MATERIALS AND METHODS
The Forestry Agency of Japan (FAJ) standardized their census program on woodland rodents in 1954. The focal species of the census is the grey-sided vole, C. rufocanus, a species that may periodically reach pest-like abundance in Japanese forests (Tanaka 1957, Ota 1984, Saitoh 1987, Stenseth et al. 1996). Data on one congener of the grey-sided vole (C. rutilus) and two murine rodents (Apodemus speciosus and A. argenteus) is also routinely collected, as all four species are sympatric. A large proportion of northern Hokkaido is covered by the forest that comprises the main habitats of these rodents [ILLUSTRATION FOR FIGURE 1 OMITTED]. The forests managed by FAJ form relatively large continuous areas surrounded by private forest plantations, cultivated areas (pastures and farms), and fields. The continuous forested areas are divided into ranger offices [ILLUSTRATION FOR FIGURE 1 OMITTED]. Rodents may readily move through the forested areas. The grey-sided vole is a habitat generalist that is also found in nonforested areas. The wood mice are generally confined to forests.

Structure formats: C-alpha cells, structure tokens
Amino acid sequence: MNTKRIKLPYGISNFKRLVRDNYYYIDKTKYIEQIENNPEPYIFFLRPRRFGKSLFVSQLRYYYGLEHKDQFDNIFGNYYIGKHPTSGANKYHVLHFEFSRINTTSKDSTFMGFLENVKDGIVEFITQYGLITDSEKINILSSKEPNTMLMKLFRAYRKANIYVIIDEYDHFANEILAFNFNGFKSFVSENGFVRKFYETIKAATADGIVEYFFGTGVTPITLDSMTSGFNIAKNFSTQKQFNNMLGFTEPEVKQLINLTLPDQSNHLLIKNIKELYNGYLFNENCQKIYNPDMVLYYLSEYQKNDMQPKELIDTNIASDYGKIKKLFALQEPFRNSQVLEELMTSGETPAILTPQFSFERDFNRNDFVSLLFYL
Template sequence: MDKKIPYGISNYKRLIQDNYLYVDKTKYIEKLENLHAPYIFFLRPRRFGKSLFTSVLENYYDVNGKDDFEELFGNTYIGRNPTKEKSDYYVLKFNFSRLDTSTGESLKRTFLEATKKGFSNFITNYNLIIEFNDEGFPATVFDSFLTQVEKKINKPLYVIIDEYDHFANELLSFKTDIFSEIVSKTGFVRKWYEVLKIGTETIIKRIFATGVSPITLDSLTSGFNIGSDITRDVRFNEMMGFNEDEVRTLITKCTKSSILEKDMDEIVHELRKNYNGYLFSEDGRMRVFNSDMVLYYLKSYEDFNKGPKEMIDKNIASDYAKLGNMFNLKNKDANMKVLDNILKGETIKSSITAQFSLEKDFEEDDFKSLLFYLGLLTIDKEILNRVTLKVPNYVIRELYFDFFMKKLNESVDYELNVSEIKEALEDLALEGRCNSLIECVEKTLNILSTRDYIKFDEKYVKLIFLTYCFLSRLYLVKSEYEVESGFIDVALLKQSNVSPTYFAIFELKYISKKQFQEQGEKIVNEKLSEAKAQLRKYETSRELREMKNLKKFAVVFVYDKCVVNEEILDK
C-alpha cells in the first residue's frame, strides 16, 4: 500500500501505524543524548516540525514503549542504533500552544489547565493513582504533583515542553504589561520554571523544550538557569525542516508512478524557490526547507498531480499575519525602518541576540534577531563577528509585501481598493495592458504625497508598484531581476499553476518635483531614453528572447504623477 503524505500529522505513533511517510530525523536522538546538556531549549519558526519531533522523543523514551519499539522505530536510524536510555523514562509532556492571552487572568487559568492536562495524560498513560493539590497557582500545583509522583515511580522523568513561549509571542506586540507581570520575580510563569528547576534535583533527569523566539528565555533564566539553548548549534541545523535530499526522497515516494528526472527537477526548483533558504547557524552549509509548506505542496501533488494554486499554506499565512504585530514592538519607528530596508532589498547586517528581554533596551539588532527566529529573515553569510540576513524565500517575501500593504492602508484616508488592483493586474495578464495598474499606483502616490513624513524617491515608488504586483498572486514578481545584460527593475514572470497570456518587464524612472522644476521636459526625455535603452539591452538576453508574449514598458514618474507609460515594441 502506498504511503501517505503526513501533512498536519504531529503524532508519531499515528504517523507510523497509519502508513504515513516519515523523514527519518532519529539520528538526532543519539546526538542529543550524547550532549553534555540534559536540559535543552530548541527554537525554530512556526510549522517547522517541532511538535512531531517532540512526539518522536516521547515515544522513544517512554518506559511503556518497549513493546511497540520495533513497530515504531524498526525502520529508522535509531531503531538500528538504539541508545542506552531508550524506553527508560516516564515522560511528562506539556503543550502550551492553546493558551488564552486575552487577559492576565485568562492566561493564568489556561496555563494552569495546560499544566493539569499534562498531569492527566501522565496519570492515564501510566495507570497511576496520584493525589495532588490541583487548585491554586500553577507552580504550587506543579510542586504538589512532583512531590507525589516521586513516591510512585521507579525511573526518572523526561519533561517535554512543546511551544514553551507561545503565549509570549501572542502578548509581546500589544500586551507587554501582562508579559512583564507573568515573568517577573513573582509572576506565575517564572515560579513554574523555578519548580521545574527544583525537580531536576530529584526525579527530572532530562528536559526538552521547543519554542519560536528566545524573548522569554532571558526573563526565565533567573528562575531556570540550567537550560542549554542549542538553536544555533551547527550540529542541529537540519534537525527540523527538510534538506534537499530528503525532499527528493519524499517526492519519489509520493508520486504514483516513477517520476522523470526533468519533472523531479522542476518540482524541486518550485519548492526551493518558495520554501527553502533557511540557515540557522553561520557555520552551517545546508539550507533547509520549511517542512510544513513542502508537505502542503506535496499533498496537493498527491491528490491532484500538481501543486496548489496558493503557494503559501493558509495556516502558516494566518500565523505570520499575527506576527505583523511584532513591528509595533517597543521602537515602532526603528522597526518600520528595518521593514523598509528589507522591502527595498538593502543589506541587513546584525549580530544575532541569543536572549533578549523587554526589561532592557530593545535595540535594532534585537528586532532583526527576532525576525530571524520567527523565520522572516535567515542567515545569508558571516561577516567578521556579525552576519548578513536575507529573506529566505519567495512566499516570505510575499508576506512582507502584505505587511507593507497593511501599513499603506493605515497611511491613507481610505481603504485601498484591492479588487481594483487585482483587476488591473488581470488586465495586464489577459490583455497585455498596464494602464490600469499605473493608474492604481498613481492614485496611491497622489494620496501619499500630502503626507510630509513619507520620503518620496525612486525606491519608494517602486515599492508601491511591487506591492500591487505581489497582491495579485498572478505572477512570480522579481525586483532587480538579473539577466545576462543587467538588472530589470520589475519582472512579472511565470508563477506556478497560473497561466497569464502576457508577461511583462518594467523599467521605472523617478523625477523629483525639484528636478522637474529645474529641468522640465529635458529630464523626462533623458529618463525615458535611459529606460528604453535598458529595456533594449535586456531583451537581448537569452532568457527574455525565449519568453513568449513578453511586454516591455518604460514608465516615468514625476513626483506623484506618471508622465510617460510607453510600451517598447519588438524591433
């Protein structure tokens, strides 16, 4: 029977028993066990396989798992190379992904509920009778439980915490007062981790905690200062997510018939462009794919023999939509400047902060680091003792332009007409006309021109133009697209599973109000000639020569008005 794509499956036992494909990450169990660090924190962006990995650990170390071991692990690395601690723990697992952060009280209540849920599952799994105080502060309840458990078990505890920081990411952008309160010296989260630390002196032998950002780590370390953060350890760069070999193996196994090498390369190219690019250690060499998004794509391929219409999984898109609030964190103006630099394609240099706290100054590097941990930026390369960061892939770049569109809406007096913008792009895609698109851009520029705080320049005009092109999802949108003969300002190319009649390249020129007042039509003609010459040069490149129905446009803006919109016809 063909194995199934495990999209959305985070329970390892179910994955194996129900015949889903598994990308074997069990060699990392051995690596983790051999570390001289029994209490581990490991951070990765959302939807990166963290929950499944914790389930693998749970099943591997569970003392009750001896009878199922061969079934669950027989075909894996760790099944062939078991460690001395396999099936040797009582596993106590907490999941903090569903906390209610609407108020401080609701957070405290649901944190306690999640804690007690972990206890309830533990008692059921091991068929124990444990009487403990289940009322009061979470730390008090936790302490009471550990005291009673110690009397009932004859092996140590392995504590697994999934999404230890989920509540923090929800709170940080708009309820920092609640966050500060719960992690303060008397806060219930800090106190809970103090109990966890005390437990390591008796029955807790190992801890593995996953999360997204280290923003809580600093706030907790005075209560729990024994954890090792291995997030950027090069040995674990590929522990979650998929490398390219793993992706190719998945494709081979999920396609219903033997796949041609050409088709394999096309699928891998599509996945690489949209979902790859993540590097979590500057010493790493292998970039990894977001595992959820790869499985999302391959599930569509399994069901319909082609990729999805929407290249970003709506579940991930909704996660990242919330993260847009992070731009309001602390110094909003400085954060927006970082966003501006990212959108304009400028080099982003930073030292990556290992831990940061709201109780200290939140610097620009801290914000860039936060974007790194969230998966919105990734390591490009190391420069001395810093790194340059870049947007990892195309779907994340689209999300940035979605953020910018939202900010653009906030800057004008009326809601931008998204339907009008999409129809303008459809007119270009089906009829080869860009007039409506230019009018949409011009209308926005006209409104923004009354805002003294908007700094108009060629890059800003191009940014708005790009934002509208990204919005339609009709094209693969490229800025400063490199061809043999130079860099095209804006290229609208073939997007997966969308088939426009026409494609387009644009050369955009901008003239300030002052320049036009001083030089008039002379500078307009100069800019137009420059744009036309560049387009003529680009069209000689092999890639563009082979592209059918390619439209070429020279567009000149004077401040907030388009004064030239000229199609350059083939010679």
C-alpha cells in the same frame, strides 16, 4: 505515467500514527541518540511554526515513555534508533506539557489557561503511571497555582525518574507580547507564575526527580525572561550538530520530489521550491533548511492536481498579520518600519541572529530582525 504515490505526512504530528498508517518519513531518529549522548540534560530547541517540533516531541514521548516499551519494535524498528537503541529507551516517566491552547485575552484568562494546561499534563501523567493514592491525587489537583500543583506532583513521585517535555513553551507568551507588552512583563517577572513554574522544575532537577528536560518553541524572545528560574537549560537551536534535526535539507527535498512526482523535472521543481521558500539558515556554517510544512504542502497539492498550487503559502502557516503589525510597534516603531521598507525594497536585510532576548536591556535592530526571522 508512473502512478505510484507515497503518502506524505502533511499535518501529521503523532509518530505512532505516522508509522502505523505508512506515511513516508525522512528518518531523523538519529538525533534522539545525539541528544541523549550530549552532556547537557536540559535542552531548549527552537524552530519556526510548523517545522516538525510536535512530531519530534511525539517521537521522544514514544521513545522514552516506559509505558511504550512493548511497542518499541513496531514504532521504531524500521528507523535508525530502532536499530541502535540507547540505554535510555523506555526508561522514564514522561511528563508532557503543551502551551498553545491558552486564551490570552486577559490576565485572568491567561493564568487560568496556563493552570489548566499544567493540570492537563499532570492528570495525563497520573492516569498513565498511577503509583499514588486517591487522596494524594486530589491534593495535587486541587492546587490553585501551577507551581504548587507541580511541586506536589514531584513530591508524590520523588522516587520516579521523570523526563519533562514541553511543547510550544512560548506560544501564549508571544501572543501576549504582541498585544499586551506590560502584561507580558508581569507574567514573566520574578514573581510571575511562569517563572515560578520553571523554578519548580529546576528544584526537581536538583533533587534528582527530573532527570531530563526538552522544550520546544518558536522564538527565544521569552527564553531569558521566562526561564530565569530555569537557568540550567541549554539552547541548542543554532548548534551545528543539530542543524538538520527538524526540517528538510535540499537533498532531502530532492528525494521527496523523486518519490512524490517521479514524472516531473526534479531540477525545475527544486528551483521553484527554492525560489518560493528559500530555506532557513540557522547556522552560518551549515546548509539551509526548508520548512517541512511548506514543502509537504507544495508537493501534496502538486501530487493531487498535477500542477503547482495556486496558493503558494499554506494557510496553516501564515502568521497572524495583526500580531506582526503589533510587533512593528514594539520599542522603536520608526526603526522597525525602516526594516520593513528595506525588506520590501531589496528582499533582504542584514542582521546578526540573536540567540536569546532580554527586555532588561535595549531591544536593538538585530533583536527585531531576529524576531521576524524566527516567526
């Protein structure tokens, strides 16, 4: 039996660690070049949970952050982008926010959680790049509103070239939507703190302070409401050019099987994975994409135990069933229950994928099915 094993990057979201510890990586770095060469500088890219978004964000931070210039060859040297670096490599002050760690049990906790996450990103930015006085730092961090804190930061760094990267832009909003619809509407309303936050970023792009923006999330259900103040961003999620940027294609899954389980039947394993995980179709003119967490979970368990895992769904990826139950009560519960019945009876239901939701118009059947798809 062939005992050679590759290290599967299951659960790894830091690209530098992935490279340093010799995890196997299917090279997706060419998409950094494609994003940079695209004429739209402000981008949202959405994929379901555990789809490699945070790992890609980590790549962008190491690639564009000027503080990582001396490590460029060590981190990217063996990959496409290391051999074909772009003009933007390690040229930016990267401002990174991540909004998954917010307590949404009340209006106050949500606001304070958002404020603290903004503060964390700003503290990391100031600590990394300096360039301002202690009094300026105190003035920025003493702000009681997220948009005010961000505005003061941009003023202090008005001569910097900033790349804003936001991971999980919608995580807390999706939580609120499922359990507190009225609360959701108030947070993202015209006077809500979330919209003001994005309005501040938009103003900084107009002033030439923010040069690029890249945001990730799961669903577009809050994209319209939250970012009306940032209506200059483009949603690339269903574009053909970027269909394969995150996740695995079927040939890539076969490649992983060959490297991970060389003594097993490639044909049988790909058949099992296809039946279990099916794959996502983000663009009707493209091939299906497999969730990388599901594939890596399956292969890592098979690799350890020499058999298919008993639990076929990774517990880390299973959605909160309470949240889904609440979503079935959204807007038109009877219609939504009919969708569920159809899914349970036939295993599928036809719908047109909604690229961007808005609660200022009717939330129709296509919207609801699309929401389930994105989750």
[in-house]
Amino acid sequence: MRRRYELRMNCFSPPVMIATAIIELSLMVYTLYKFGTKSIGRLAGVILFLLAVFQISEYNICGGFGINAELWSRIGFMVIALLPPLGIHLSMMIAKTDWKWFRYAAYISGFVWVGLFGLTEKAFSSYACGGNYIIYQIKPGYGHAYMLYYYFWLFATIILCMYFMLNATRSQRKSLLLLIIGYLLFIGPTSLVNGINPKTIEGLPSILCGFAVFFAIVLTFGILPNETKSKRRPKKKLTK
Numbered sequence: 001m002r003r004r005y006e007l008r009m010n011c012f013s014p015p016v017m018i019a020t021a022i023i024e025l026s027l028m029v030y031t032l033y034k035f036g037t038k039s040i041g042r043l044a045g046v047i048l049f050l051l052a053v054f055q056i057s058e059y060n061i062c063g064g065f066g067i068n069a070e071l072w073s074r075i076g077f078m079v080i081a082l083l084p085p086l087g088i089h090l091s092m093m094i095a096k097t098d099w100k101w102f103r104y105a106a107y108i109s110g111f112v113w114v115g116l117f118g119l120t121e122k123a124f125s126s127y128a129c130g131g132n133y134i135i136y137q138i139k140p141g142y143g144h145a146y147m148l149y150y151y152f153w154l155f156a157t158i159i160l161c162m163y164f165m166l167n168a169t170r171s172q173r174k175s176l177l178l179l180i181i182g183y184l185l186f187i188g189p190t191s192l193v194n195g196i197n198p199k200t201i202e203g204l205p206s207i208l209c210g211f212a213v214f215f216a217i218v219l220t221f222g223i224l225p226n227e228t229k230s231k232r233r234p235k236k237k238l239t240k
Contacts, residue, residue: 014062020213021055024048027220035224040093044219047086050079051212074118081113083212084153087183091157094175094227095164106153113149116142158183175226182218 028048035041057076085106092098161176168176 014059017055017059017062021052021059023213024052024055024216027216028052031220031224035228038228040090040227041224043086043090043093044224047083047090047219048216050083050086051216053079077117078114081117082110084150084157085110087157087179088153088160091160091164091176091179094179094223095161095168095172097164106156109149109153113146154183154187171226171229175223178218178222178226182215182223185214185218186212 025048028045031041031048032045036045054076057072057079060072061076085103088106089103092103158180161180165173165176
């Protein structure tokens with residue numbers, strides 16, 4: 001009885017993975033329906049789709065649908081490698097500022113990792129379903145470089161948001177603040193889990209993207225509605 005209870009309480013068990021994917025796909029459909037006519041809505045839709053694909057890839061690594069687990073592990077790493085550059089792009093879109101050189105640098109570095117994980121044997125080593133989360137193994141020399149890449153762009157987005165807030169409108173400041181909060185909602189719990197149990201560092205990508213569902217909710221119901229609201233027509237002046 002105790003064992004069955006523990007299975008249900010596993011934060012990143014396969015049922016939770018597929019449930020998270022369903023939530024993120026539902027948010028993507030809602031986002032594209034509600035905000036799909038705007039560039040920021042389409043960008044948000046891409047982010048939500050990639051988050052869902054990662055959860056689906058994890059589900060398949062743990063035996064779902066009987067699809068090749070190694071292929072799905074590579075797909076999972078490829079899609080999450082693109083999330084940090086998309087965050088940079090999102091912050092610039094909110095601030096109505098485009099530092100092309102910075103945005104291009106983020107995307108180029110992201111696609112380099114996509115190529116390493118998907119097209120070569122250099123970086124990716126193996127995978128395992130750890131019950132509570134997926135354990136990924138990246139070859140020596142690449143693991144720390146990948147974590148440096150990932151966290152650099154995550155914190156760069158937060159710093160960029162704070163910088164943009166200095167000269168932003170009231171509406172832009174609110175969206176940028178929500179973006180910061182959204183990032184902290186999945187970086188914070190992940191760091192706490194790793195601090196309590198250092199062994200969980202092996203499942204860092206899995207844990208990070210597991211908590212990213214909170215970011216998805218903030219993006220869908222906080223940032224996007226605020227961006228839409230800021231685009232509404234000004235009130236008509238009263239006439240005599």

Since the initiation of the survey, the personnel of FAJ have conducted snap-trapping censuses three times every year (spring, summer, autumn) (although the autumn records for Apodemus are missing for 1970 and 1974) in numerous fixed sites across the whole of Hokkaido (the northernmost island of Japan; 41 [degrees] 24 [minutes]-45 [degrees] 31 [minutes] N, 139 [degrees] 46 [minutes] -145 [degrees] 49 [minutes] E). The protocol has been identical throughout (0.5 ha monitored using either 150 or 250 trap nights per census period; standardized according to Stenseth et al. [19961 and Saitoh et al. ). The most complete data set stems from the Asahikawa region of northern Hokkaido (42 [degrees] 50 [minutes]-45 [degrees] 31 [minutes] N, 141 [degrees] 30 [minutes]-143 [degrees] 15 [minutes] E) [ILLUSTRATION FOR FIGURE 1 OMITTED]. Each of the 151 ranger offices of the FAJ in northern Hokkaido was asked to census at least one stand of natural, indigenous forest and at least one stand of man-made forest plantation. Whenever any ranger office monitored more than one stand of each in a year, we used average values. The target distance between the two stands was set to be [approximately]0.5 km. Some ranger offices did not complete the survey in all years.